A beautiful game, shame about the scandal
9 June 2015
Against the backdrop of the recent Fifa scandal, it seems incongruous that in New Zealand we have idealistic youth playing in the under-20 football World Cup from North Cape to the Bluff.
I was privileged to meet the Colombian under-20 team. Those who have had the privilege of meeting some of these exceptional young players can’t fail but to be impressed by their idealism and the fact that many of them come from simple rural backgrounds but have travelled the globe to play. These footballers will meet other young people and excel in a sport they love because of their raw native skills.
Shortly before the tournament began in New Zealand it was announced that some officials in football’s governing body, Fifa, had been charged with racketeering, wire fraud, money laundering, bribery and the like.
We are told the investigation that led to the arrests has unveiled a scheme going back 24 years exposing corruption in international football.
The United States Attorney-General has said that what happened spans at least two generations of soccer officials who allegedly abused their positions of trust to acquire millions of dollars in bribes and kickbacks.
One of the sub-themes is that through subsidiaries, Fifa commercialised media and marketing rights associated with football events in some countries. These were sold to marketing companies which would, in turn, sell them down stream to local radio and broadcasting networks. Football officials would then benefit from payments of bribes and kickbacks.
More recently we saw the extraordinary story of Sepp Blatter, president of Fifa for the last 17 years. Blatter was re-elected to the role last week despite the eruption of the kickback scandal. Four days later he resigned, with little to no explanation.
As if to cement matters, we have one former Executive Committee member, Chuck Blazer, pleading guilty in a United States court that he and other people received bribes to vote for South Africa to host the 2010 World Cup.
Many of the people involved appear to be elected officials. Others may be employees.
New Zealand is one of the least corrupt countries in the world, thanks in part to our small size, the excellent work of Transparency International and generally perhaps because of our culture and values.
One hears of occasional stories of people breaching their employer’s trust, generally not for money, but on occasions for financial benefit.
So what does employment law have to say about these issues?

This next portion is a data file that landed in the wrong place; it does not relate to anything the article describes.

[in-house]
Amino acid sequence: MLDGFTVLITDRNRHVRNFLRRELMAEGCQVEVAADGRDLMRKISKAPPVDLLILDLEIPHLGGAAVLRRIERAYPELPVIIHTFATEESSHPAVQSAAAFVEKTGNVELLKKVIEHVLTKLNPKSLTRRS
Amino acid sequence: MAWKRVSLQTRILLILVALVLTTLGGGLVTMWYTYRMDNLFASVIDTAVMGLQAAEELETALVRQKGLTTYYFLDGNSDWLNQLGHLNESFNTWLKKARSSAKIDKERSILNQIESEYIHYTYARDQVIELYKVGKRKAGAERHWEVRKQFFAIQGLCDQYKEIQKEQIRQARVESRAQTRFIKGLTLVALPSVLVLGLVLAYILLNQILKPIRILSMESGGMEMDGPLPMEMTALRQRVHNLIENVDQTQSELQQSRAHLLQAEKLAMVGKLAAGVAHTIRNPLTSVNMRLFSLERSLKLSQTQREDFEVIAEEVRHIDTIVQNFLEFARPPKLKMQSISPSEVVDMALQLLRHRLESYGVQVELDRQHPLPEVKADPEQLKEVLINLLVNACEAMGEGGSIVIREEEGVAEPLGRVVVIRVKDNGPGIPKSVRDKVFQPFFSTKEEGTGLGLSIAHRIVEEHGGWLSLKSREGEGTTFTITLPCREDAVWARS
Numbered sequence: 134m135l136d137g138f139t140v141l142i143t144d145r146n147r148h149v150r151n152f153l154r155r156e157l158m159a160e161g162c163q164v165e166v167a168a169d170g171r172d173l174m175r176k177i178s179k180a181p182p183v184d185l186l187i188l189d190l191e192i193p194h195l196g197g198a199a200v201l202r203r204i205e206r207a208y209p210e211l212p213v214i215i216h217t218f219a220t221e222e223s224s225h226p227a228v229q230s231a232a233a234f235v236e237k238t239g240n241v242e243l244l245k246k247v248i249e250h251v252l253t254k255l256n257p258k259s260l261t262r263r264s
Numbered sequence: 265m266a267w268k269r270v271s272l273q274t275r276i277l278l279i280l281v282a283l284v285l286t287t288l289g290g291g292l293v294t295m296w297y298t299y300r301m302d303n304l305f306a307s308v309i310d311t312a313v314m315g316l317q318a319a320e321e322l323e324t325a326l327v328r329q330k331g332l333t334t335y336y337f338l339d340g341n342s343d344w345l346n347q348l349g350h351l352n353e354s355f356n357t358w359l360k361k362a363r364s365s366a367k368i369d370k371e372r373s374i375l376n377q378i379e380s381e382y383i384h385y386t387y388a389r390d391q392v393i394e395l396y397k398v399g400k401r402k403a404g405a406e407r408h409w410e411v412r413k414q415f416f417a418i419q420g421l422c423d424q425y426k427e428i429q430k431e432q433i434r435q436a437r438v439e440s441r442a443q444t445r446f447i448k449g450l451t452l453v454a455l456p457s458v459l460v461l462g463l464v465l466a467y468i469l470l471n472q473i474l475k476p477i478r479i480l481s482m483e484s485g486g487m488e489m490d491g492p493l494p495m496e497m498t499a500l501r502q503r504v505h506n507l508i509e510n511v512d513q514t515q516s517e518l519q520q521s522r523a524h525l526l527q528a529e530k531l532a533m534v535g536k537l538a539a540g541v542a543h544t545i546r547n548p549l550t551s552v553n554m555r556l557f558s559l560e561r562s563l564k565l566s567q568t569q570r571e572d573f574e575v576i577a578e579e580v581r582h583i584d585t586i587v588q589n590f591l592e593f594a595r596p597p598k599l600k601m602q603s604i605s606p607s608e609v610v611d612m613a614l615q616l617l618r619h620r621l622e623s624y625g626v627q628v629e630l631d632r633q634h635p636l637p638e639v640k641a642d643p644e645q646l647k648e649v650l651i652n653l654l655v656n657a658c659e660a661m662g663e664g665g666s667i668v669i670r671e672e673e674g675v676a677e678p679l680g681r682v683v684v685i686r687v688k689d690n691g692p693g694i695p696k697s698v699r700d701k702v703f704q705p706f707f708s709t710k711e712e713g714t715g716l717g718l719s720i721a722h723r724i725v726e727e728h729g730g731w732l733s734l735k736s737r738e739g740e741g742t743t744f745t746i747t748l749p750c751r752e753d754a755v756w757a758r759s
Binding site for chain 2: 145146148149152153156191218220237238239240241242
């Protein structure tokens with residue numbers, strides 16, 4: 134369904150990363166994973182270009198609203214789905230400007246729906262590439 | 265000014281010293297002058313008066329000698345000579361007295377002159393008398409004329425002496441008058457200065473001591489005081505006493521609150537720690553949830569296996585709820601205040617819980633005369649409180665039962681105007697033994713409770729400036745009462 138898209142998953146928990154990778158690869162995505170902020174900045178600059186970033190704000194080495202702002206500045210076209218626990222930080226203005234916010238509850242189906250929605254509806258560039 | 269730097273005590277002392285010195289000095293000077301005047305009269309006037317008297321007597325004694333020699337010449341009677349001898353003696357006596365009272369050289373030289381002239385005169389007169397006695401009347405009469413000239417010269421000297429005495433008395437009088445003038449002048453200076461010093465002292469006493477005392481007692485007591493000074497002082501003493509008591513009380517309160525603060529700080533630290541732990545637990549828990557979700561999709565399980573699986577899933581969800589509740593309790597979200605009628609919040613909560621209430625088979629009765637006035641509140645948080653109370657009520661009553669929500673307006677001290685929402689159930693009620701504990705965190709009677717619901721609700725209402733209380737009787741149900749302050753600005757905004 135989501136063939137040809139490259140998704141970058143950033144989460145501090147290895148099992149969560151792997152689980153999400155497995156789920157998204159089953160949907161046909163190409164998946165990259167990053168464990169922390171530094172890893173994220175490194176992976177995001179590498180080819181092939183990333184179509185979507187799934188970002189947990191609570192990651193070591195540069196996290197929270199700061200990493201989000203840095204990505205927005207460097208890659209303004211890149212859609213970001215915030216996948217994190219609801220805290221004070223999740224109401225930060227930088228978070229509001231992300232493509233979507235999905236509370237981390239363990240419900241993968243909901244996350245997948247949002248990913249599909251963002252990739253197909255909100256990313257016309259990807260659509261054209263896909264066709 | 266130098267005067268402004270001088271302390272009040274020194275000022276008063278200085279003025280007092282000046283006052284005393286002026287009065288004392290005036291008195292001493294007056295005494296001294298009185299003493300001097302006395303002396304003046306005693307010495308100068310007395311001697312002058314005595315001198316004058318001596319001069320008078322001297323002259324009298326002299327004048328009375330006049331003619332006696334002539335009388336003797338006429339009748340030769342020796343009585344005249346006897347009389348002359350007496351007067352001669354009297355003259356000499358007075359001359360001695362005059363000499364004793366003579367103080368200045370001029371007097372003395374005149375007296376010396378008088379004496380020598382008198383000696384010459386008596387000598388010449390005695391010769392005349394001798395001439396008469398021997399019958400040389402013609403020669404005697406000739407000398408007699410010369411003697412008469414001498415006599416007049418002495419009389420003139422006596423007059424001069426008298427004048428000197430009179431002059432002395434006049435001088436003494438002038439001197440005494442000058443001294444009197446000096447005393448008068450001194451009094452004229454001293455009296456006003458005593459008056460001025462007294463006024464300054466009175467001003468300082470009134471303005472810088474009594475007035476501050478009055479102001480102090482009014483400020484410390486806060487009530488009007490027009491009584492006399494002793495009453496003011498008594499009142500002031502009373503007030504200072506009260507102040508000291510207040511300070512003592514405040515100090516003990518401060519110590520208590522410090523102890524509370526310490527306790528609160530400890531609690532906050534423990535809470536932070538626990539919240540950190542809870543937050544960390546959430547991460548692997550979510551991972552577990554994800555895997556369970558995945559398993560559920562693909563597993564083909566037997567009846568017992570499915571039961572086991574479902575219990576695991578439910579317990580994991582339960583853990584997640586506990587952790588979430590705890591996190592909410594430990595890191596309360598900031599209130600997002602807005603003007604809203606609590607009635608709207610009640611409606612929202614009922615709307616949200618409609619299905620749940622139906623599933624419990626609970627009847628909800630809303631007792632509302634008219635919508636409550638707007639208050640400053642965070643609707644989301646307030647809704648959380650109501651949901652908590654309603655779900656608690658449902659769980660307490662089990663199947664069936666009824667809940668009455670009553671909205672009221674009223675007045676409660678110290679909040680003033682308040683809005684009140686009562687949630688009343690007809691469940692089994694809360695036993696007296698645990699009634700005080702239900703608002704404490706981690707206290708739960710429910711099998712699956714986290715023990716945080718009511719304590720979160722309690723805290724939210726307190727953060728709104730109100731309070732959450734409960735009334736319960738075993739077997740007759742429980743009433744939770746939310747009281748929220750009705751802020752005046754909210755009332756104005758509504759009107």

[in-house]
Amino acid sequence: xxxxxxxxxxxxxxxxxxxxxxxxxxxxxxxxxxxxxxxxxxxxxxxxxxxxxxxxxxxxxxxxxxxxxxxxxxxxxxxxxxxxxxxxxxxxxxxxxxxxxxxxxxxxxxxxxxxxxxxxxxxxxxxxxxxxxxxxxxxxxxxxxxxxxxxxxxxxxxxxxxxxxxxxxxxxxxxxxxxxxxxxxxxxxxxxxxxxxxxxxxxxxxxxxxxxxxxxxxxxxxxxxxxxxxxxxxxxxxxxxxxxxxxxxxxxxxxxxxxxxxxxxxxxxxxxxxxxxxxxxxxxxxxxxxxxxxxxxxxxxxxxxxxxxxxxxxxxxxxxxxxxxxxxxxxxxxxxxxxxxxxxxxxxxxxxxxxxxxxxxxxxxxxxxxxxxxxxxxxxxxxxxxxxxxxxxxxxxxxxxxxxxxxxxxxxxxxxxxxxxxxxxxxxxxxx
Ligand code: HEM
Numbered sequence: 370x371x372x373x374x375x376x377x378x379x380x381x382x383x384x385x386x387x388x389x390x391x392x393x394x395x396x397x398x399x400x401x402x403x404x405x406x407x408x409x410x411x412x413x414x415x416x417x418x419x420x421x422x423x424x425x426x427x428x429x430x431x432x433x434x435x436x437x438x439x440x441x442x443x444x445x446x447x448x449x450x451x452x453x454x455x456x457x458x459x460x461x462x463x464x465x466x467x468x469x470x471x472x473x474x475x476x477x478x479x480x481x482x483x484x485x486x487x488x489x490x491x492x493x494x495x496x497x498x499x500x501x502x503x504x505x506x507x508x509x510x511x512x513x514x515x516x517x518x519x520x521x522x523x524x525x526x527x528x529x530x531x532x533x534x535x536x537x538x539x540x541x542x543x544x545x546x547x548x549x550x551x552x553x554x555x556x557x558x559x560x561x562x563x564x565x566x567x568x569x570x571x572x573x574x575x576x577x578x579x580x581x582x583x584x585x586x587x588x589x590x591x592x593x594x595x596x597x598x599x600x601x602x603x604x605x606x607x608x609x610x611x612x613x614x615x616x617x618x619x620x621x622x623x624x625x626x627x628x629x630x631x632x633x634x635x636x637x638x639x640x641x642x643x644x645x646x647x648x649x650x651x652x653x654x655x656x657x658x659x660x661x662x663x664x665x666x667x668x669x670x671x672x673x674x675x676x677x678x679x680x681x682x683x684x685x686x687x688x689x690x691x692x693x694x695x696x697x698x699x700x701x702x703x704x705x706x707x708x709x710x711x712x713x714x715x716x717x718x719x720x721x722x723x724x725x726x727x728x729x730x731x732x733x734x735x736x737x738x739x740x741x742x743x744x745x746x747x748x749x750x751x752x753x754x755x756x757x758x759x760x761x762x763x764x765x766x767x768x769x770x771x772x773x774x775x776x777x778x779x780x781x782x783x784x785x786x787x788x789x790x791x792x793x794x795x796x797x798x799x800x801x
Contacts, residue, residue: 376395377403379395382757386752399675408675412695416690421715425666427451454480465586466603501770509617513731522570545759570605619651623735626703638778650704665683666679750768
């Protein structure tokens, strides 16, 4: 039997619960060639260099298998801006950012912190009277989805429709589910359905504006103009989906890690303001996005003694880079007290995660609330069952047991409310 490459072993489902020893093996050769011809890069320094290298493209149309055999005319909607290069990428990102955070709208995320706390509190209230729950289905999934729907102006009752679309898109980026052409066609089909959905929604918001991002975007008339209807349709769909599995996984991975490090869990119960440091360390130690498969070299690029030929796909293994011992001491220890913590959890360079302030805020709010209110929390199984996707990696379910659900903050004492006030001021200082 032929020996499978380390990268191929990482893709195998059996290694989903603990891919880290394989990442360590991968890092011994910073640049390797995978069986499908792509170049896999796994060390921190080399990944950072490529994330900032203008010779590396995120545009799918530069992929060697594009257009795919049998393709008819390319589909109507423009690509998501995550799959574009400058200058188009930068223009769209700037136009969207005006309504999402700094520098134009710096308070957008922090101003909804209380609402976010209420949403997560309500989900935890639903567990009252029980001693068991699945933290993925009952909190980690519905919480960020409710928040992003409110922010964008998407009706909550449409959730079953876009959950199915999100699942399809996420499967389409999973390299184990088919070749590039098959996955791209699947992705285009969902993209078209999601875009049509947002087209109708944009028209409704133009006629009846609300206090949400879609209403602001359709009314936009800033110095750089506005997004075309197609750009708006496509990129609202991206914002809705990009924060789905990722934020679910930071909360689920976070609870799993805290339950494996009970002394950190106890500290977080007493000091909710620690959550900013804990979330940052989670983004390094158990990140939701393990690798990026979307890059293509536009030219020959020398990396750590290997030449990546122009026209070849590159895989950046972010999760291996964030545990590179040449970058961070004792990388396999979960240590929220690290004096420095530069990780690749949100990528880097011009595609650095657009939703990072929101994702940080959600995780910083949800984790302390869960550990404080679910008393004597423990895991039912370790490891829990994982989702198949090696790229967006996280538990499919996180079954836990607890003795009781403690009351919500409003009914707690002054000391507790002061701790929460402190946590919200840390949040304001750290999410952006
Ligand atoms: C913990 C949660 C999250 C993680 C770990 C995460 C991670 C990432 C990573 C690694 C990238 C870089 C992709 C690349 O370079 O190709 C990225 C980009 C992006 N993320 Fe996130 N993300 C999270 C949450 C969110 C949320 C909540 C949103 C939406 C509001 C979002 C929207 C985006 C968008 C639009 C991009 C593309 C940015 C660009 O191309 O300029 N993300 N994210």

One of the most colourful cases about an employee benefiting from their position was that of George Blake, a member of the Secret Intelligence Service in the United Kingdom from 1944 to 1961.
Between 1951 and his arrest in 1960, he was an agent for the Soviet Union.
He was convicted for betraying his country and sentenced to 44 years in prison.
There is no question that he breached his obligation of loyalty and fidelity to his employer and his obligation to behave in a way that enhanced trust and confidence. Extraordinarily in 1966 he escaped from prison and emerged in Moscow.
In 1990 he published a book unconvincingly entitled No Other Choice, no doubt seeking to redeem himself from his irredeemable deeds. The book selectively described his actions during his time with the SIS.
The British Crown was not happy that the book was published and sought to prevent Blake from receiving any financial benefit.
The matter came before the English Court of Appeal, which declared “the employee must act in good faith, he must not make a profit out of his trust… he may not act for his own benefit or the benefit of a third party without the informed consent of his employer”.
However the court also held that those duties exist only for as long as the employee is in the employment relationship. As Blake had written and published his book well after his employment was terminated, there was no basis for the Crown to recover any proceeds from the book.
Interestingly, the Crown did succeed with an argument that a person should not benefit from the commission of their crimes. Blake was prevented from receiving any payment from the sales of No Other Choice.
The law set by the case of George Blake applies in New Zealand and is often quoted here as authority for the proposition that an employee must act in good faith and not make a profit out of the trust put in them without the consent of the employer.
I wish the competitors and officials hosting the outstanding Under-20 Fifa World Cup a successful and inspirational competition. What is happening here in New Zealand is what sport is all about and gives inspiration to young people.
It is far removed from the world of Sepp Blatter and his governing body.